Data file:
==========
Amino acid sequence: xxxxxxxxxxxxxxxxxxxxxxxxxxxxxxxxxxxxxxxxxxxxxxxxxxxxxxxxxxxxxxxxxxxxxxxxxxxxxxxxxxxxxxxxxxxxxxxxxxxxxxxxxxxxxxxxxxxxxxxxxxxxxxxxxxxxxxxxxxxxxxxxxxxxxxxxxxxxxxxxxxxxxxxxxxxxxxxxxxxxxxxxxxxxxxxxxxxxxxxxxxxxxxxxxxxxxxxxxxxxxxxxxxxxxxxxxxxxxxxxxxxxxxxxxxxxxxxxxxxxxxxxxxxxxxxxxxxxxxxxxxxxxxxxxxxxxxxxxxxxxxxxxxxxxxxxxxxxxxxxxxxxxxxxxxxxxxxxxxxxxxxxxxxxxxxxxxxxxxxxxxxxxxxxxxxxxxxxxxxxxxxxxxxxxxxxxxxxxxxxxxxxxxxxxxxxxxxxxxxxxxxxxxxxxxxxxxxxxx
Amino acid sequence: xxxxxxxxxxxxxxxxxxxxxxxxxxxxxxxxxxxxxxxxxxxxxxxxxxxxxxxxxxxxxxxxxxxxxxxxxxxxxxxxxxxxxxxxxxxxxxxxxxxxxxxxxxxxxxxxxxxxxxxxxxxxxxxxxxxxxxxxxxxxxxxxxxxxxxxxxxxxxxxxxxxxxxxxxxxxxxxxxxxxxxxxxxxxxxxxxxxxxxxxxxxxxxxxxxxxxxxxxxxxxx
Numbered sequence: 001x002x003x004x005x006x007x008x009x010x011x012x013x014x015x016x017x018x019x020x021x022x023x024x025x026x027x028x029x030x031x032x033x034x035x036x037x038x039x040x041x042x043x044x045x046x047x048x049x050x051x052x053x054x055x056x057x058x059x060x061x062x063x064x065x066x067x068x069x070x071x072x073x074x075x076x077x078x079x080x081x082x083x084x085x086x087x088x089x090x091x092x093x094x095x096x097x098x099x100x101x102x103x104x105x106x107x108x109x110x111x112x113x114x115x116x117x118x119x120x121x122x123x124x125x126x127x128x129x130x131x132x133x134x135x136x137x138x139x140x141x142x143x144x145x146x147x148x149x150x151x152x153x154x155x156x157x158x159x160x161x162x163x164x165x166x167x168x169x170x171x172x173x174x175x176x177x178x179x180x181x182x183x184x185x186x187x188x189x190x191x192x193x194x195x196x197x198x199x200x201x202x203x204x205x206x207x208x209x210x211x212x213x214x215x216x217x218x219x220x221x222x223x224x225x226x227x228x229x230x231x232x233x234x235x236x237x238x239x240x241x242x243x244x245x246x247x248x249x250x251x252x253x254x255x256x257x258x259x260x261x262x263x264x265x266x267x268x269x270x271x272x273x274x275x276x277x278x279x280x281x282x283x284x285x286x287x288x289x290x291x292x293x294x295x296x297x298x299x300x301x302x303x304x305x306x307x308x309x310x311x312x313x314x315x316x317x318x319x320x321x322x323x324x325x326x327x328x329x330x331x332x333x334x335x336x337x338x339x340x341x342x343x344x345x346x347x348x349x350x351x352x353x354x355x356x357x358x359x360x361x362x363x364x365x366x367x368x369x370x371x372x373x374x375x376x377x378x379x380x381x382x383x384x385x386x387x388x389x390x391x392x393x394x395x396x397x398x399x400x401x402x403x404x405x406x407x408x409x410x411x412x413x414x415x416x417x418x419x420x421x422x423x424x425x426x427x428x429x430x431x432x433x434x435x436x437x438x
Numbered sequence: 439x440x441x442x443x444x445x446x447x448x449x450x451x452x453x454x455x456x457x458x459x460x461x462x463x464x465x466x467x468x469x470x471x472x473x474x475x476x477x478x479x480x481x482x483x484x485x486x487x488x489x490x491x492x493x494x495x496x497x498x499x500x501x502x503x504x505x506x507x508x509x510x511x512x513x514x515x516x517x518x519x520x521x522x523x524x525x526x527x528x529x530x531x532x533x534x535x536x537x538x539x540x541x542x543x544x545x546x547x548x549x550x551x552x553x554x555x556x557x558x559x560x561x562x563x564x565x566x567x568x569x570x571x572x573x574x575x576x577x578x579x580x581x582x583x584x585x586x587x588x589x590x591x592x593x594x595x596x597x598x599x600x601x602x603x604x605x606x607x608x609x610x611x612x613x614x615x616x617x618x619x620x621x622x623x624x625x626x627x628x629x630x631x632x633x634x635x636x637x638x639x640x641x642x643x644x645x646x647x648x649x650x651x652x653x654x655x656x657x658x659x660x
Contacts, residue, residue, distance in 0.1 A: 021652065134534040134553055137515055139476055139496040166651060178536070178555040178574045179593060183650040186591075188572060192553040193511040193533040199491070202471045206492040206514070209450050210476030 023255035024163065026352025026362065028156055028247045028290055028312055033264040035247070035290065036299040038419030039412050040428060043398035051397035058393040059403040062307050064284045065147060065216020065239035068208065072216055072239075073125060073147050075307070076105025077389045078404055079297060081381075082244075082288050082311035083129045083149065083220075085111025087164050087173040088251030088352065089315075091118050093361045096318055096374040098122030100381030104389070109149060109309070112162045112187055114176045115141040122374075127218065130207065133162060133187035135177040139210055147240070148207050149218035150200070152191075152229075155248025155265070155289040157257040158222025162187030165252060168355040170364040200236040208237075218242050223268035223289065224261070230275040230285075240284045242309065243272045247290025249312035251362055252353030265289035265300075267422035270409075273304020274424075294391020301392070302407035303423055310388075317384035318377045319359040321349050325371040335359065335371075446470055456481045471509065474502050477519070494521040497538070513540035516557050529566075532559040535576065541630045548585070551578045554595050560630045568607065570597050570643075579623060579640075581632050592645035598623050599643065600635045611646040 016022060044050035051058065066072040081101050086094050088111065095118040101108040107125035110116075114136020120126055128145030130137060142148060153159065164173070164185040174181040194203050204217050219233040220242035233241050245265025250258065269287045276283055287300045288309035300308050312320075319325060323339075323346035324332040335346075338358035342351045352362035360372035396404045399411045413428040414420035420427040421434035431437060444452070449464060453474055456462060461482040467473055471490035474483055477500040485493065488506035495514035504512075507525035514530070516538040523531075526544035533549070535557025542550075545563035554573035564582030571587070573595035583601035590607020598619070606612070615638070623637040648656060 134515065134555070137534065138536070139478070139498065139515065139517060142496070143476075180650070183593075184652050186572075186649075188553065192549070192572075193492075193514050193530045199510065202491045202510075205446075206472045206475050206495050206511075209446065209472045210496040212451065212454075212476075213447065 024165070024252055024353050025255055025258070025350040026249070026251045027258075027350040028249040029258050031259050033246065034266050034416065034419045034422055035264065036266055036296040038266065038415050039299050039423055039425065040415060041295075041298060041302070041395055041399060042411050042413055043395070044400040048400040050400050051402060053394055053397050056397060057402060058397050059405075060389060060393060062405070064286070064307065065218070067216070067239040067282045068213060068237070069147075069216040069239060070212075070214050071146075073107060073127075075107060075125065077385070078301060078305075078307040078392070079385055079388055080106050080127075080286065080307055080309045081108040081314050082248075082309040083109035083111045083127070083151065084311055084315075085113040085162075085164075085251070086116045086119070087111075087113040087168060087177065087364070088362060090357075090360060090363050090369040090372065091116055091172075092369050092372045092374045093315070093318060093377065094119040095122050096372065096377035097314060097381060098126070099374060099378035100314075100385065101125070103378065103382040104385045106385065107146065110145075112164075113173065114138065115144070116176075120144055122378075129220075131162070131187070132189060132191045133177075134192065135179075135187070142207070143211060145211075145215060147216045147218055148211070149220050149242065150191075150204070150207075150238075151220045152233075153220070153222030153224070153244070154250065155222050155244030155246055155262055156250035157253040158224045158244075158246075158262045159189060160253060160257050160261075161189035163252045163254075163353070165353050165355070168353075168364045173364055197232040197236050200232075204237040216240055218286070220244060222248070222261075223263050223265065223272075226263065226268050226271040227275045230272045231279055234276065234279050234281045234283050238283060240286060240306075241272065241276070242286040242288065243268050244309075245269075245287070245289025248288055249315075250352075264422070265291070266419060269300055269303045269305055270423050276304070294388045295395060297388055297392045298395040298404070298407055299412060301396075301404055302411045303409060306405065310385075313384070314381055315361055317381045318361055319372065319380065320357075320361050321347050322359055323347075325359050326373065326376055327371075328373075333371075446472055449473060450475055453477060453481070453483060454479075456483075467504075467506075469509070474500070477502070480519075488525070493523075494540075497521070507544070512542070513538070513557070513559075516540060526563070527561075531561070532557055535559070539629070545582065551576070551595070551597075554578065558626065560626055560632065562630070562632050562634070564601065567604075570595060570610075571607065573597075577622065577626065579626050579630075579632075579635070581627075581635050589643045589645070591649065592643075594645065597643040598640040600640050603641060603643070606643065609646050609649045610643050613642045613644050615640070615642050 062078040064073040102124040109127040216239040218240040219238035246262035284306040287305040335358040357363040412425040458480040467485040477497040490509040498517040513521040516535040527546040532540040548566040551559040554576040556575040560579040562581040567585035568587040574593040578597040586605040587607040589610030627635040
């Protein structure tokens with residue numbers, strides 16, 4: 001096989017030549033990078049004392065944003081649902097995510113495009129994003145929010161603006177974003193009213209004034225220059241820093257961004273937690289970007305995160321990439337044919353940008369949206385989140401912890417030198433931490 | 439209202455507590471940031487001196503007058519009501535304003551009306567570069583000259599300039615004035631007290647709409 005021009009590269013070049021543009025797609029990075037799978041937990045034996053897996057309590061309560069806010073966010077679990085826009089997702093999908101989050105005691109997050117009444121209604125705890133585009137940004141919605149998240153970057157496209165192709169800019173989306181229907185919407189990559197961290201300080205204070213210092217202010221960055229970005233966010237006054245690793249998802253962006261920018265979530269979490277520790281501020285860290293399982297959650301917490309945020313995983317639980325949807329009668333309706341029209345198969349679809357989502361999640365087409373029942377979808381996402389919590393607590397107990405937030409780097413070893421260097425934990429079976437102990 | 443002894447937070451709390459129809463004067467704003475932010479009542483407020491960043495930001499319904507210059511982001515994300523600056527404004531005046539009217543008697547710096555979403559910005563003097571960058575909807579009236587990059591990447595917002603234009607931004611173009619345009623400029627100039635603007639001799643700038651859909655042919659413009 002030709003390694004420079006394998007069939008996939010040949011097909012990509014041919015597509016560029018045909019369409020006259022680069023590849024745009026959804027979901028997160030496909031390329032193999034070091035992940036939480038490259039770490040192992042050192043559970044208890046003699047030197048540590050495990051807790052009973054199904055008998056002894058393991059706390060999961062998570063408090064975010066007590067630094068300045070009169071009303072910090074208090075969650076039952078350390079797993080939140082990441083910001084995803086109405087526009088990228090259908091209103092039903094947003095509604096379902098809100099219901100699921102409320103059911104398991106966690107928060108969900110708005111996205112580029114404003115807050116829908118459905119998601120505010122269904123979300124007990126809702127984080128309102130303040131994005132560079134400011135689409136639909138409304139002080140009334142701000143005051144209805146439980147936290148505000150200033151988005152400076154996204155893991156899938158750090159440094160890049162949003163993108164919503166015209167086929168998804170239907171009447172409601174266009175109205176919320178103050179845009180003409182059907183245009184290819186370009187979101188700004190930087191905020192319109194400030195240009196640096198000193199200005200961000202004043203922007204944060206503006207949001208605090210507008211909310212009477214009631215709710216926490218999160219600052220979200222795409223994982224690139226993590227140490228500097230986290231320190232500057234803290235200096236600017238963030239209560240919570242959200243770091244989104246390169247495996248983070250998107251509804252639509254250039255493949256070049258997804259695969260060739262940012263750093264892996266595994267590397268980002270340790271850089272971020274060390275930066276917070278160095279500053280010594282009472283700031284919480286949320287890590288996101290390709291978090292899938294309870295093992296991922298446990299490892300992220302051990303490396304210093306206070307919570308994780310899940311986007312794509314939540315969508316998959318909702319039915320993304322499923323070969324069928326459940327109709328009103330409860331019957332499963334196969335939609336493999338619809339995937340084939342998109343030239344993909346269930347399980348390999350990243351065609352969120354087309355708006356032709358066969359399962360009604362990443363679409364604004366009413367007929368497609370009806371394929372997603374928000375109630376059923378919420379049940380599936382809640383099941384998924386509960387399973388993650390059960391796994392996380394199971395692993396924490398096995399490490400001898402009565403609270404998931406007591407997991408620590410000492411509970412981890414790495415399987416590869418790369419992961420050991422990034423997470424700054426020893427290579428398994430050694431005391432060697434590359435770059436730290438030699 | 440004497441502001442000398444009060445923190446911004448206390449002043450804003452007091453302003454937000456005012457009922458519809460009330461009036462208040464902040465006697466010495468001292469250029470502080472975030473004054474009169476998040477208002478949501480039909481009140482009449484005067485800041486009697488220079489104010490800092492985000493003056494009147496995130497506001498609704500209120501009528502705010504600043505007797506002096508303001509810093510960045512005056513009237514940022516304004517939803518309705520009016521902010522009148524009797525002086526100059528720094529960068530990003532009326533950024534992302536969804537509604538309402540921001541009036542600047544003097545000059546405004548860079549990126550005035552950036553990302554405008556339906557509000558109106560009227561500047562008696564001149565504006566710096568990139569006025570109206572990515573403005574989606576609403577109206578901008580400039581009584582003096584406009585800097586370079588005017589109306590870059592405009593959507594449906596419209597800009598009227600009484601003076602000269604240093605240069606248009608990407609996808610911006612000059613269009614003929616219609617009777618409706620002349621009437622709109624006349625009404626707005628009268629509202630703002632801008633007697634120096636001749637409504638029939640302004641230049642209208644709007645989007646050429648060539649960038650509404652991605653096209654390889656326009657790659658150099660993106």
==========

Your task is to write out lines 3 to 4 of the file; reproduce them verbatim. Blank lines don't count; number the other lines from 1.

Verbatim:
Numbered sequence: 001x002x003x004x005x006x007x008x009x010x011x012x013x014x015x016x017x018x019x020x021x022x023x024x025x026x027x028x029x030x031x032x033x034x035x036x037x038x039x040x041x042x043x044x045x046x047x048x049x050x051x052x053x054x055x056x057x058x059x060x061x062x063x064x065x066x067x068x069x070x071x072x073x074x075x076x077x078x079x080x081x082x083x084x085x086x087x088x089x090x091x092x093x094x095x096x097x098x099x100x101x102x103x104x105x106x107x108x109x110x111x112x113x114x115x116x117x118x119x120x121x122x123x124x125x126x127x128x129x130x131x132x133x134x135x136x137x138x139x140x141x142x143x144x145x146x147x148x149x150x151x152x153x154x155x156x157x158x159x160x161x162x163x164x165x166x167x168x169x170x171x172x173x174x175x176x177x178x179x180x181x182x183x184x185x186x187x188x189x190x191x192x193x194x195x196x197x198x199x200x201x202x203x204x205x206x207x208x209x210x211x212x213x214x215x216x217x218x219x220x221x222x223x224x225x226x227x228x229x230x231x232x233x234x235x236x237x238x239x240x241x242x243x244x245x246x247x248x249x250x251x252x253x254x255x256x257x258x259x260x261x262x263x264x265x266x267x268x269x270x271x272x273x274x275x276x277x278x279x280x281x282x283x284x285x286x287x288x289x290x291x292x293x294x295x296x297x298x299x300x301x302x303x304x305x306x307x308x309x310x311x312x313x314x315x316x317x318x319x320x321x322x323x324x325x326x327x328x329x330x331x332x333x334x335x336x337x338x339x340x341x342x343x344x345x346x347x348x349x350x351x352x353x354x355x356x357x358x359x360x361x362x363x364x365x366x367x368x369x370x371x372x373x374x375x376x377x378x379x380x381x382x383x384x385x386x387x388x389x390x391x392x393x394x395x396x397x398x399x400x401x402x403x404x405x406x407x408x409x410x411x412x413x414x415x416x417x418x419x420x421x422x423x424x425x426x427x428x429x430x431x432x433x434x435x436x437x438x
Numbered sequence: 439x440x441x442x443x444x445x446x447x448x449x450x451x452x453x454x455x456x457x458x459x460x461x462x463x464x465x466x467x468x469x470x471x472x473x474x475x476x477x478x479x480x481x482x483x484x485x486x487x488x489x490x491x492x493x494x495x496x497x498x499x500x501x502x503x504x505x506x507x508x509x510x511x512x513x514x515x516x517x518x519x520x521x522x523x524x525x526x527x528x529x530x531x532x533x534x535x536x537x538x539x540x541x542x543x544x545x546x547x548x549x550x551x552x553x554x555x556x557x558x559x560x561x562x563x564x565x566x567x568x569x570x571x572x573x574x575x576x577x578x579x580x581x582x583x584x585x586x587x588x589x590x591x592x593x594x595x596x597x598x599x600x601x602x603x604x605x606x607x608x609x610x611x612x613x614x615x616x617x618x619x620x621x622x623x624x625x626x627x628x629x630x631x632x633x634x635x636x637x638x639x640x641x642x643x644x645x646x647x648x649x650x651x652x653x654x655x656x657x658x659x660x